When the State Bank of India started offering mortgages in the UK last month, it was as if a dream had started to come true for Duvvuri Subbarao.
India’s central bank governor has pinned his hopes on four global financial institutions emerging one day from India’s largely state-owned banking sector.
Their rise would be testament to India’s conservative macro-prudential regime that has kept the banking system under state control and largely out of trouble in the financial crisis. It would also be a long overdue reflection of the scale of India’s economy and the ambitions of New Delhi.
Yet SBI’s offer of mortgages to British homeowners coincided with a rude reminder of realities back home.
At SBI’s head office in Mumbai, the country’s largest lender has reported that non-performing assets are on the rise and a capital infusion of Rs79bn ($1.8bn) from the government is on its way.
India seems almost certain to produce its own equivalents of HSBC, Citigroup and China Construction Bank.
But for the moment, the wings of its banks are clipped by their balance sheets. As well as being weighed down by rising NPAs, they face possible high-profile business failures like Kingfisher Airlines , the task of bringing millions of poor people into the banking system and demands to finance India’s yawning infrastructure needs.
Many lenders require urgent recapitalisation. By one estimate, they need to raise Rs2.7tn in equity capital within five years.
The strains of financing the fastest-growing large economy after China have not gone unnoticed. Last year, Moody’s downgraded its outlook for India’s banking system to “negative” from “stable”, airing its worries about asset quality, capitalisation and profitability.
Since then, policymakers have given strong hints of the magnitude of the capital injection needed to meet international regulatory standards and support India’s growth.
One senior official says private sector banks will have to find a “few trillion rupees” to meet Basel III capital adequacy norms. Public sector banks have requested more money from the Congress party-led government, which already faces criticism for its widening fiscal deficit. Delhi, in turn, has agreed loans from the World Bank to bolster its banks’ capital base.
Tranches of new capital are on their way to help public sector banks meet new capital requirements to be introduced at the beginning of next year. Pranab Mukherjee, finance minister, wants to go beyond Basel III by lifting banks’ tier one capital above 8 per cent of risk-weighted assets against a requirement of 6 per cent. This will prove costly for the government, and the fiscal implications will alarm economists.
Last year, Delhi extended capital support to the tune of Rs202bn to public sector banks. Among the recipients were Bank of Baroda, Union Bank of India, Oriental Bank of Commerce, UCO Bank and Dena Bank.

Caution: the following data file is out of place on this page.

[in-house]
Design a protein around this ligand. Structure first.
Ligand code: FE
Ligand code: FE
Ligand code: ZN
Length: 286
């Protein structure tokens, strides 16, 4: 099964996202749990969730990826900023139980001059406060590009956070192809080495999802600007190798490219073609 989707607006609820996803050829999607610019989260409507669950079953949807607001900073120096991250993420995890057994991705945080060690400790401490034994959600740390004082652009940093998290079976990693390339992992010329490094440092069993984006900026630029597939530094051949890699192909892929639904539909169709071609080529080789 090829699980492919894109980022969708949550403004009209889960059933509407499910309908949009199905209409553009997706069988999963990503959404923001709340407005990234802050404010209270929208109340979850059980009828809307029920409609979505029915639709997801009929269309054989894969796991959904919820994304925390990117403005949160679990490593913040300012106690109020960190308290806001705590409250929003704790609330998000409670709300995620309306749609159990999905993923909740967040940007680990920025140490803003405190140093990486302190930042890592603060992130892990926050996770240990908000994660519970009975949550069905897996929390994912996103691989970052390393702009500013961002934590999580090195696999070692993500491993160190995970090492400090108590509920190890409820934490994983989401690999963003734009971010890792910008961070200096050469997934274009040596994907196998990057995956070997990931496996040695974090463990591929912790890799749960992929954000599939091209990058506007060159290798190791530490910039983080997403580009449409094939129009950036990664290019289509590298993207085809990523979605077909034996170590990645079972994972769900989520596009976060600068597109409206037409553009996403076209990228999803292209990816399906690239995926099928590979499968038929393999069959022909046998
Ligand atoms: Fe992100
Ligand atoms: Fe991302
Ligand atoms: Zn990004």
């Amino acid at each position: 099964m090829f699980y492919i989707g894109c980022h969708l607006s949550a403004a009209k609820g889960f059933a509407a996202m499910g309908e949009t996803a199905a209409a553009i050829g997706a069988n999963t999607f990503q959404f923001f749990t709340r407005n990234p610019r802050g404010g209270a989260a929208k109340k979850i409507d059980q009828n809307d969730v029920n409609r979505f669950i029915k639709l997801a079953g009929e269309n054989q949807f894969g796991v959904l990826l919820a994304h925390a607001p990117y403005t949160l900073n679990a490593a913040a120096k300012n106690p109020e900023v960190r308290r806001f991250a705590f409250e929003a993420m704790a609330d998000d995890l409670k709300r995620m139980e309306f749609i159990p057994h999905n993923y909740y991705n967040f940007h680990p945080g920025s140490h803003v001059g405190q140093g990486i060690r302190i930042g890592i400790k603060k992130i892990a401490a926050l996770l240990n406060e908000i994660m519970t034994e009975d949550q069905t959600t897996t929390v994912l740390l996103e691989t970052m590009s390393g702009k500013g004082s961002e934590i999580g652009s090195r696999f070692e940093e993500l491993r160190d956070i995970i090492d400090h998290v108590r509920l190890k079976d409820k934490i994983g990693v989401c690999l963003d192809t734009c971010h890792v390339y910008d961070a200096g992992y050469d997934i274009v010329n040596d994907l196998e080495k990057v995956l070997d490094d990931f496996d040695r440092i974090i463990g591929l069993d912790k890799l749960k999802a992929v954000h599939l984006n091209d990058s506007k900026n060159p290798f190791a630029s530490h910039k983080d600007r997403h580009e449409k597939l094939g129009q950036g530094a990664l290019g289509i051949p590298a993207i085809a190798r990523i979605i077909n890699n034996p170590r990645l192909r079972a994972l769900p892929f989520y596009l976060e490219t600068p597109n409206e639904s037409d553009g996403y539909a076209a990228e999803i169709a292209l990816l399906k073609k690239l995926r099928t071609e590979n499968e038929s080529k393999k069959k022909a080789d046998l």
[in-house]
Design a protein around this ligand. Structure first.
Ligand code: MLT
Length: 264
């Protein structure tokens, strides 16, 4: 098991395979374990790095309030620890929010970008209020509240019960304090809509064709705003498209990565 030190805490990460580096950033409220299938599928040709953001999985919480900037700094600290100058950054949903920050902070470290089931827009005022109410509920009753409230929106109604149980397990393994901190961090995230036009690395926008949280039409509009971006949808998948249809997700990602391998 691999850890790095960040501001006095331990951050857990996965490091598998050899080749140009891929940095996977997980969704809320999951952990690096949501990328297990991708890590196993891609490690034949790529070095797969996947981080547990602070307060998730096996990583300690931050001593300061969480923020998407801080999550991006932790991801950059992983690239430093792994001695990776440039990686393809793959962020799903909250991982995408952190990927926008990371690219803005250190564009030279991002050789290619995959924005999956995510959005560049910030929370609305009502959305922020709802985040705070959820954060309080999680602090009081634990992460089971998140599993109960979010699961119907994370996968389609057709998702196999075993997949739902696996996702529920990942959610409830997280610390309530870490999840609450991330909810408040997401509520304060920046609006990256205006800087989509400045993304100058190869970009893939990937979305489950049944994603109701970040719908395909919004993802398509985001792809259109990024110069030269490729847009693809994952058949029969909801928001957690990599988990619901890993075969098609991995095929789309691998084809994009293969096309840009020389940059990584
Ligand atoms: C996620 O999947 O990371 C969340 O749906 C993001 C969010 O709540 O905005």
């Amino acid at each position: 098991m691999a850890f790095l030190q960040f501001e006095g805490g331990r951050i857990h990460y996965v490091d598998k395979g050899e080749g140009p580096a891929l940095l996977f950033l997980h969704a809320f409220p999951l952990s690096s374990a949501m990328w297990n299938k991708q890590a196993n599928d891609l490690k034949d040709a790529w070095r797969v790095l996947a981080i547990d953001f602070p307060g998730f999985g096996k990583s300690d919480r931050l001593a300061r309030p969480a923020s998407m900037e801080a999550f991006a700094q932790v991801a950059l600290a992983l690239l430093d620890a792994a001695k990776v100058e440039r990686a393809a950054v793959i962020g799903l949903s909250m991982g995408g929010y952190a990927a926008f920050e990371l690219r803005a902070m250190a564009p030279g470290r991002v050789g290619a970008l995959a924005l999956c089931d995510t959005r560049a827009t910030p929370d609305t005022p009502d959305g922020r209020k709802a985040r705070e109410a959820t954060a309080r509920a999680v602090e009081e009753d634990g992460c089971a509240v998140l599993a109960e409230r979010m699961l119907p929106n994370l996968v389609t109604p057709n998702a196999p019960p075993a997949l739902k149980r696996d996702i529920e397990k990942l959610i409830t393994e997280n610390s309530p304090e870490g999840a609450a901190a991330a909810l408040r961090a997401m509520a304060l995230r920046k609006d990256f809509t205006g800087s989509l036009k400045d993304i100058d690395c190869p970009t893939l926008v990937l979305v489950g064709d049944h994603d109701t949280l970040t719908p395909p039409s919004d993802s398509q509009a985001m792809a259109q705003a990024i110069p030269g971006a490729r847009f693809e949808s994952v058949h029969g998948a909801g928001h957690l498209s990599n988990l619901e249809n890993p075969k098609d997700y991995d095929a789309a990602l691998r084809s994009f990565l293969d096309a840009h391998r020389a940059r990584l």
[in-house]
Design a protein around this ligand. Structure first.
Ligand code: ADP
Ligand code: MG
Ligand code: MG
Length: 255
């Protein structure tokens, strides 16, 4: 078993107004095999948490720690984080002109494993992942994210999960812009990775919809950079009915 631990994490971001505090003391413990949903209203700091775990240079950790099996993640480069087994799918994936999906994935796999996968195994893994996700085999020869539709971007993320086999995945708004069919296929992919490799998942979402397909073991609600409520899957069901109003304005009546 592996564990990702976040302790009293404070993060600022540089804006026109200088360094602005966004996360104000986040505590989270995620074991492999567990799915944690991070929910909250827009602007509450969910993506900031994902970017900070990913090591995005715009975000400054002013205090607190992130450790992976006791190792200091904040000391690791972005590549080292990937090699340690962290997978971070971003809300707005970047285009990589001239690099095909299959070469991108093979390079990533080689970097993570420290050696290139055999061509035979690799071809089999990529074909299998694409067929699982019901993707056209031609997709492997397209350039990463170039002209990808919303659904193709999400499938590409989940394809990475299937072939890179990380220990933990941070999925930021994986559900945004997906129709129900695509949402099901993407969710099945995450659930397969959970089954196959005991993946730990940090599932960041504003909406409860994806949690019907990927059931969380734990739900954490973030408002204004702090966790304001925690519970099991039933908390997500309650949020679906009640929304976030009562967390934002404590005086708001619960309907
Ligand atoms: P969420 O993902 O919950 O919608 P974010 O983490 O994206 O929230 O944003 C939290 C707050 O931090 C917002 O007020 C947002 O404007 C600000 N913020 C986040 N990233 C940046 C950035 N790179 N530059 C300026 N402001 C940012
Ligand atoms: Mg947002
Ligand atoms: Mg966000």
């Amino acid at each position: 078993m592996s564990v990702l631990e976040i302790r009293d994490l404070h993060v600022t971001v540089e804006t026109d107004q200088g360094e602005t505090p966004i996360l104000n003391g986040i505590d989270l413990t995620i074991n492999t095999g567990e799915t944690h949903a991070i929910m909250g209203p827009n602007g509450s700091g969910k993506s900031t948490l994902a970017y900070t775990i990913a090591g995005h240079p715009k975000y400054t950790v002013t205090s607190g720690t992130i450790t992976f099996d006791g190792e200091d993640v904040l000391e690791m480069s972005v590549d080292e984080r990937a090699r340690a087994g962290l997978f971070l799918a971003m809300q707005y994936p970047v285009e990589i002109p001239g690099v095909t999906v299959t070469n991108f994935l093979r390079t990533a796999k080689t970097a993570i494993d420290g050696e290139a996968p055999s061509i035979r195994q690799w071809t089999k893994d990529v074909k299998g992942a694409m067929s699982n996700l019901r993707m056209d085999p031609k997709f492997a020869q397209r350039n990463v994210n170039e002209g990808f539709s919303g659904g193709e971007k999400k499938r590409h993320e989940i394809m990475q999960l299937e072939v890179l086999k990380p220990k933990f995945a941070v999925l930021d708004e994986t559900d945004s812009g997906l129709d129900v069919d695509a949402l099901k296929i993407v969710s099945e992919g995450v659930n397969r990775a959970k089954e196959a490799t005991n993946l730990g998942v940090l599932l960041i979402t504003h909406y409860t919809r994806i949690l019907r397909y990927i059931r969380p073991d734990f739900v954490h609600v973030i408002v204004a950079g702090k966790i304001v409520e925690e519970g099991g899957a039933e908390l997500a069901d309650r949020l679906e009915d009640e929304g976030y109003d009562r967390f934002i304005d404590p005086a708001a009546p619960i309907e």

Bank recapitalisation now tops the priorities of Manmohan Singh, the prime minister, alongside his concerns about fiscal profligacy and his impatience to introduce much-needed tax reform.
As the national budget on March 16 approaches, expectations are running high that Mr Singh will give fresh momentum to economic reforms in the two years left of his term in office. He badly needs to find ways to return India’s growth back to 9 per cent and prevent it sinking further below the current 7 per cent. The prime minister could do far worse than to take some weight off the banks’ shoulders. If he does not, and is somehow stymied by India’s coalition politics, an overstretched banking system could invite systemic risk.
Nowhere is this more important than infrastructure finance. Rather than expecting commercial banks to meet all the economy’s needs with short-term loans, Mr Singh and his team must allow alternative financing mechanisms, such as bonds. With few better prospects than India’s economy over the next 30 years, they could also do a much better job of attracting foreign capital. For too long, Mr Singh and his team have bandied about staggeringly large figures to estimate the investment opportunity to modernise India’s infrastructure. The favourite is $1tn. But such estimates are meaningless without plans translating more readily into delivery of roads, railways and ports.
With the exceptions of new airports in big cities such as Delhi, Mumbai and Bangalore, a metro in the capital and cheap mobile telephony, far too little has been done to take India’s infrastructure out of the 1950s and to build cities of the future for its 1.2bn people.
Mr Singh is well aware of the shortcomings. His current battle is over the power sector, where plants are starved of coal in spite of the state-controlled Coal India being the world’s largest producer of the commodity.
Now is the time for the prime minister to remove the barriers to insurance companies, pension funds and longer-term debt instruments from financing infrastructure. He should also lift restrictions on financial products such as credit default swaps and derivatives. After all, in responsible hands and tightly regulated, these should reduce risk rather than multiply it.
To attract foreign funds with the prospect of returns well above 6 per cent, he might consider state assistance, such as an offer to reduce currency hedging risk or to allow debt securitisation.
Liberalised financial markets, as much as repaired bank balance sheets, will give Indian lenders a far better chance of expanding overseas and providing mortgages in other parts of the world in the years to come.
(James Lamont is the FT’s South Asia Bureau Chief)
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